Product Description Senator Daniel Patrick Moynihan here presents a fascinating account of the development of secrecy as a mode of regulation in American government since World War I-how it was born, how world events shaped it, how it has adversely affected momentous political decisions and events, and how it has eluded efforts to curtail or end it.
Amazon.com Review Senator Daniel Patrick Moynihan (D-NY) was one of the first members of the United States government openly to predict the imminent collapse of the Soviet Union--and, by extension, statist communism--as far back as the late '70s, as political historian Richard Gid Powers reminds readers in a lengthy introduction (comprising approximately one-fifth of Secrecy's total length). Had we spent less time trying to gather secret information about the Soviets and more time openly discussing rather easily interpretable data, Sen. Moynihan argues, we might have been far less paranoid about the supposed Red menace. The problem, he writes, lies in the essential nature of government secrecy: "Departments and agencies hoard information, and the government becomes a kind of market. Secrets become organizational assets, never to be shared save in exchange for another organization's assets.... The system costs can be enormous. In the void created by absent or withheld information, decisions are either made poorly or not at all."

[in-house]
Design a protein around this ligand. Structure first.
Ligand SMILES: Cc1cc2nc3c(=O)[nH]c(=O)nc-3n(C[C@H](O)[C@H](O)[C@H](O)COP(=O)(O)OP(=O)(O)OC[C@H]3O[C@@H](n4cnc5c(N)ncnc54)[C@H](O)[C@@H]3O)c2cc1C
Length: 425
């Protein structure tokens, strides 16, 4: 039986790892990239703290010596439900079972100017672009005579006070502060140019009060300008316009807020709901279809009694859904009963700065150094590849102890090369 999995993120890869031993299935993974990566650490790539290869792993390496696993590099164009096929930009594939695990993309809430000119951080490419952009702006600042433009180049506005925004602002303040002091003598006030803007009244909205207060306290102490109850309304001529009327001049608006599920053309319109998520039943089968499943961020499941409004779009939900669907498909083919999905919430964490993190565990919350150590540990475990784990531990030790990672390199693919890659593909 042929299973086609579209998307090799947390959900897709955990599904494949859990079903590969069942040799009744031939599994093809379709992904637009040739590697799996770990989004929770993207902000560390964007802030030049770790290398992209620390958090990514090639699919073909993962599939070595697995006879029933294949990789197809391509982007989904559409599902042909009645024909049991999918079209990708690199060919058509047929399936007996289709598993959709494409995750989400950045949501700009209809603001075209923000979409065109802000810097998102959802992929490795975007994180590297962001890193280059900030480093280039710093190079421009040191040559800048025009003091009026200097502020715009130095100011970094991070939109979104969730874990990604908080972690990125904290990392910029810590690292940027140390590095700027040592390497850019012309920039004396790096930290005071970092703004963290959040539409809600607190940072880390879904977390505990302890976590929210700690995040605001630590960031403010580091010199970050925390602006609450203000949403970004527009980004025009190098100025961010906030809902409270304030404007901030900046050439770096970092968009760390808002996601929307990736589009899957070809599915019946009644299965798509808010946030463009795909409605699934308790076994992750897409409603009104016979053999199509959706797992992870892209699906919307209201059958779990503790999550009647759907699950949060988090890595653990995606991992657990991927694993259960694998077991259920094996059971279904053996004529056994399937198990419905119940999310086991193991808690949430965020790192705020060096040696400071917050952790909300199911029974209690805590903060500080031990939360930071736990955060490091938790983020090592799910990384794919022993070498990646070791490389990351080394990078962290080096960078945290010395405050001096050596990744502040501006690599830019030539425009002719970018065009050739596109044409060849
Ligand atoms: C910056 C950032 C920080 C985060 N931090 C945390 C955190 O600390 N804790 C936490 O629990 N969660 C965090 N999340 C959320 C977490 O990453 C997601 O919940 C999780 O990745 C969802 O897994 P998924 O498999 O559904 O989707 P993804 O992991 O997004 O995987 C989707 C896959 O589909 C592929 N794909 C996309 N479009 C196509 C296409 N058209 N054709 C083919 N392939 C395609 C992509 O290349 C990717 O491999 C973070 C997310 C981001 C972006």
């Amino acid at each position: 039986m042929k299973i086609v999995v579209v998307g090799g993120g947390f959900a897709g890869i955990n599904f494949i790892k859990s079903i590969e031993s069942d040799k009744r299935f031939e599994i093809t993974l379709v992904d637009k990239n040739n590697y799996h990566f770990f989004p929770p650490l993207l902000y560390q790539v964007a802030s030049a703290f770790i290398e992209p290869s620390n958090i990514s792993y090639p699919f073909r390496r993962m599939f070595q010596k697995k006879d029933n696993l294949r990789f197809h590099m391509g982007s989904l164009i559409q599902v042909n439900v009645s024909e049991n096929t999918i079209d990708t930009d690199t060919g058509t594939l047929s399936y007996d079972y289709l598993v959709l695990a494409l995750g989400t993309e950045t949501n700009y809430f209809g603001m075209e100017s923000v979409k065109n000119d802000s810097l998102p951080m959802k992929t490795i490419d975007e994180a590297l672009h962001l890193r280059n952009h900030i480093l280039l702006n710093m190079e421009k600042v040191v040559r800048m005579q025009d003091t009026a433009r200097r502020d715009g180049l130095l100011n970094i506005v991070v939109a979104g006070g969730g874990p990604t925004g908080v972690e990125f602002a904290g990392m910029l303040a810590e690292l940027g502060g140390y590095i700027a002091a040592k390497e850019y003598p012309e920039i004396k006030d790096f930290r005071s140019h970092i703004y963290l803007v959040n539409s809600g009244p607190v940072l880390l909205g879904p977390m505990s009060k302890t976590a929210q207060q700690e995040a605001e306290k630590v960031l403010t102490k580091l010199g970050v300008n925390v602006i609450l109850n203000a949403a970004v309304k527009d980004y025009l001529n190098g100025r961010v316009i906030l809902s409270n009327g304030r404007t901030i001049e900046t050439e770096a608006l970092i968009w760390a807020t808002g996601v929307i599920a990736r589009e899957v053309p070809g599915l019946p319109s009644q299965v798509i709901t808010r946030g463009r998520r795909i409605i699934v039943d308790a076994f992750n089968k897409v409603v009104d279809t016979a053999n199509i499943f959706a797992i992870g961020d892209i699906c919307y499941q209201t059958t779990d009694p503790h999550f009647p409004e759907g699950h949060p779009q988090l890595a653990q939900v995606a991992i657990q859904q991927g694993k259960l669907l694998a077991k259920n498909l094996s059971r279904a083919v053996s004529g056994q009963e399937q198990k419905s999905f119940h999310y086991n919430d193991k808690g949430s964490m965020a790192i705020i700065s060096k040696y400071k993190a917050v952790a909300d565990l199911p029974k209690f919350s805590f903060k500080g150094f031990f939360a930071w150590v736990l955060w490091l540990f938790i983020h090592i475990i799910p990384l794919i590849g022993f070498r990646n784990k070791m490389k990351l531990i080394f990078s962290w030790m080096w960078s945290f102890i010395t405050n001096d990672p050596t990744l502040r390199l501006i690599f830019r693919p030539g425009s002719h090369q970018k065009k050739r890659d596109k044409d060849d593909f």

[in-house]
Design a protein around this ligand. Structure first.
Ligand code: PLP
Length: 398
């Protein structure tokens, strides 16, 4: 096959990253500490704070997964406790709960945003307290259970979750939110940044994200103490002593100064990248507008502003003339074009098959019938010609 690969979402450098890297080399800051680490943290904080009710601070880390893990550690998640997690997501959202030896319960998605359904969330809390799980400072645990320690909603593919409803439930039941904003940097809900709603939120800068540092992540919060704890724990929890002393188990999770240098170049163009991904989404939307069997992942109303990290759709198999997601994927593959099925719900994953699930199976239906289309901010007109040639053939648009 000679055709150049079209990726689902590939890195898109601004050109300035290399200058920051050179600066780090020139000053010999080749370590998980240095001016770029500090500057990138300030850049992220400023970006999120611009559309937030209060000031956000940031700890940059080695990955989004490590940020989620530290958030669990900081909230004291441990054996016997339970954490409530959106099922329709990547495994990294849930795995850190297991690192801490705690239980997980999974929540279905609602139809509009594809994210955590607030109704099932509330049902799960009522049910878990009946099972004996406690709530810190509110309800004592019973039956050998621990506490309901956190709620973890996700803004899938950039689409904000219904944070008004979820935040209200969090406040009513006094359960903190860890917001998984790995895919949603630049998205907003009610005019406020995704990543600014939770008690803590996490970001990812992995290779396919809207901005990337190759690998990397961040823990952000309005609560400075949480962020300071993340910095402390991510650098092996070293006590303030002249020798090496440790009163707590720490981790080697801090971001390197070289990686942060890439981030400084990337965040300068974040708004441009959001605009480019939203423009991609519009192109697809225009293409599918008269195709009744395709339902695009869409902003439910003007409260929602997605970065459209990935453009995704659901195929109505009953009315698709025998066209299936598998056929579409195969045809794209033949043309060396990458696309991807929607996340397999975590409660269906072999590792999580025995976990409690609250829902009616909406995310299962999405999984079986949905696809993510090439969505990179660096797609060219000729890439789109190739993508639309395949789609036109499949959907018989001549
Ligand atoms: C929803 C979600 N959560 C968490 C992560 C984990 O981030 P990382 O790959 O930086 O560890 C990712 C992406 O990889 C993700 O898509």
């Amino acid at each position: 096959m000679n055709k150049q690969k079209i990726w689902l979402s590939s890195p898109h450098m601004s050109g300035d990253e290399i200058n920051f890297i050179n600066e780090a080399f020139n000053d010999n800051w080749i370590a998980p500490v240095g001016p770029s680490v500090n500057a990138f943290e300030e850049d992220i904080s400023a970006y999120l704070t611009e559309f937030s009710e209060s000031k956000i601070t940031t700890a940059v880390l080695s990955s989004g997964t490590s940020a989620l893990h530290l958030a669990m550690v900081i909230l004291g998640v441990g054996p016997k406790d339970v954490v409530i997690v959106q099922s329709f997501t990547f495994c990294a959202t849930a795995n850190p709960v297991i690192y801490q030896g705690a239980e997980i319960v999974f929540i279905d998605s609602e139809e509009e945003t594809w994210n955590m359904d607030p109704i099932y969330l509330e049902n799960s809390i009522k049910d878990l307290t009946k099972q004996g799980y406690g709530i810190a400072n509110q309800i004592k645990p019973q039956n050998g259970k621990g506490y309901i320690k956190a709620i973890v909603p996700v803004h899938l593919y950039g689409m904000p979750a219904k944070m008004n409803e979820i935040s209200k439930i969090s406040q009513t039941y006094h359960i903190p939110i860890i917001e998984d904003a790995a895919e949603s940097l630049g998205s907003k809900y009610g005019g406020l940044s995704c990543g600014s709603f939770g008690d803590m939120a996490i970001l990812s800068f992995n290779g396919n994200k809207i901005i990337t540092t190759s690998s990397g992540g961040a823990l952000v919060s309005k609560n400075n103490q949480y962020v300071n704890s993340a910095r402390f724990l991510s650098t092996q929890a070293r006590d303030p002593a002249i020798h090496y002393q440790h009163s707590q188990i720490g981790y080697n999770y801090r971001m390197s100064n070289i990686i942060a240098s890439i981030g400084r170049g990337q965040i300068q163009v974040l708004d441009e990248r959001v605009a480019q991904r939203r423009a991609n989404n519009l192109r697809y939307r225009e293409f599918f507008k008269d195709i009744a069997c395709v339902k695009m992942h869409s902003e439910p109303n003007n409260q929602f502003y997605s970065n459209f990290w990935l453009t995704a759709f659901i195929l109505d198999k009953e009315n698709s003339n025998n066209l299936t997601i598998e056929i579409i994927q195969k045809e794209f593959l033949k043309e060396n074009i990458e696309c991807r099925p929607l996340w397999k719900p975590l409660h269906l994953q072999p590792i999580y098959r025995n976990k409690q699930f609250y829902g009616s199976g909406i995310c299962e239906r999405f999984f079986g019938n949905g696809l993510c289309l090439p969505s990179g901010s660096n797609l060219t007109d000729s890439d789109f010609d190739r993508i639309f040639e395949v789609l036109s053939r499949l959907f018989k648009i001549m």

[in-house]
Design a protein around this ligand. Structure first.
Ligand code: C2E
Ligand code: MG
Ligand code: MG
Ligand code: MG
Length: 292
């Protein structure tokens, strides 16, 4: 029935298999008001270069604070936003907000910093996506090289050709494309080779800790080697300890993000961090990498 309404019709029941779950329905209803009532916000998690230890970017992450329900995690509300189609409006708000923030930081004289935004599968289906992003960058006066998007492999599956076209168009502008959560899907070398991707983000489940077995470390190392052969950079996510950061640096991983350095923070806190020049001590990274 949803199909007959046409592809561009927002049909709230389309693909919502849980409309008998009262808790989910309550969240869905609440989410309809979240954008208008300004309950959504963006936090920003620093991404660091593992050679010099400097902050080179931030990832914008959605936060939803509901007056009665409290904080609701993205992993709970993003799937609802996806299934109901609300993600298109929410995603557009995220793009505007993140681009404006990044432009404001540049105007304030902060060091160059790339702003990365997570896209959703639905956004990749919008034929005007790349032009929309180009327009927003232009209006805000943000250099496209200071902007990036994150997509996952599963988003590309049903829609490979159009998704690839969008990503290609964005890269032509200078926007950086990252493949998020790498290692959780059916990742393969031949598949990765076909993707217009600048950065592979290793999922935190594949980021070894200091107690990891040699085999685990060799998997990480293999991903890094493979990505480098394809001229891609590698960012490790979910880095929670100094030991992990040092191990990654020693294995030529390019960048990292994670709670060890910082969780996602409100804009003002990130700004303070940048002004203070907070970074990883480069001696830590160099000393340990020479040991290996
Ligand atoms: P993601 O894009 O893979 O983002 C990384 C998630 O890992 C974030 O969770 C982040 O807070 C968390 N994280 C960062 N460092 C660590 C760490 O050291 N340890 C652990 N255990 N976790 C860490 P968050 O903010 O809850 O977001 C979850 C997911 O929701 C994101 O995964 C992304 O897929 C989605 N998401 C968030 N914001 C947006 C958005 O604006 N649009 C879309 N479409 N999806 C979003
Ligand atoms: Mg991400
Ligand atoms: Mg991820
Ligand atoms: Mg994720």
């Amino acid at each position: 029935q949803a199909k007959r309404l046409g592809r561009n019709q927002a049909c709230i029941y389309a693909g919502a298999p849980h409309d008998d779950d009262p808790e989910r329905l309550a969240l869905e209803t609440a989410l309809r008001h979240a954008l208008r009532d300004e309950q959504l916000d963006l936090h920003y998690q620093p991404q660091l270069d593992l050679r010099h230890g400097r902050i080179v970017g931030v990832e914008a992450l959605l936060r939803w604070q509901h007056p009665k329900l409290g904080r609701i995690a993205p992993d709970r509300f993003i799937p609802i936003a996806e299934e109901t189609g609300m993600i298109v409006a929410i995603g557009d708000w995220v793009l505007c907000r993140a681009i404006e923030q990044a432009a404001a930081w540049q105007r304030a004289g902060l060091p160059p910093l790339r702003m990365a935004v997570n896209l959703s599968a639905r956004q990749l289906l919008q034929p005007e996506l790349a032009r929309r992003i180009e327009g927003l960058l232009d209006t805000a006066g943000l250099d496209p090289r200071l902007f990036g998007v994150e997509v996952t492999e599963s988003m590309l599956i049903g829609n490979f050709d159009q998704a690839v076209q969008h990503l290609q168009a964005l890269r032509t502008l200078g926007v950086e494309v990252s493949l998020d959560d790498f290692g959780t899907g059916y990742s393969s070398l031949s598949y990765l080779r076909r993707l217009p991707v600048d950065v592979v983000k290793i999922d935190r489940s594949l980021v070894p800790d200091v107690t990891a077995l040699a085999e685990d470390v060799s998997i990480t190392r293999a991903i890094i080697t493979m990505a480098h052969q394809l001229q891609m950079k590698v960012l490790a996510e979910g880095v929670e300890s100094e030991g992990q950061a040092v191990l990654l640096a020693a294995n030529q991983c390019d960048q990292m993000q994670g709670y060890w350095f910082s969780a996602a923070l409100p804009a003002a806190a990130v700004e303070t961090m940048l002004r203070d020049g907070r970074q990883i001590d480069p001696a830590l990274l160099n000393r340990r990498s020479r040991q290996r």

Sen. Moynihan draws upon several incidents to make his point, from the Army's deliberate withholding from President Harry Truman of information about Soviet spy rings to the disastrous 1961 invasion of Cuba at the Bay of Pigs to the Iran-Contra affair. The senator knows whereof he speaks; he was for eight years a member of the Senate Select Committee on Intelligence. Secrecy ably combines hands-on experience and historical perspective, calling for the United States to take advantage of the new era in international relations to implement policies that once again encourage the open, uninhibited flow of information among government agencies and, whenever possible, the public. --Ron Hogan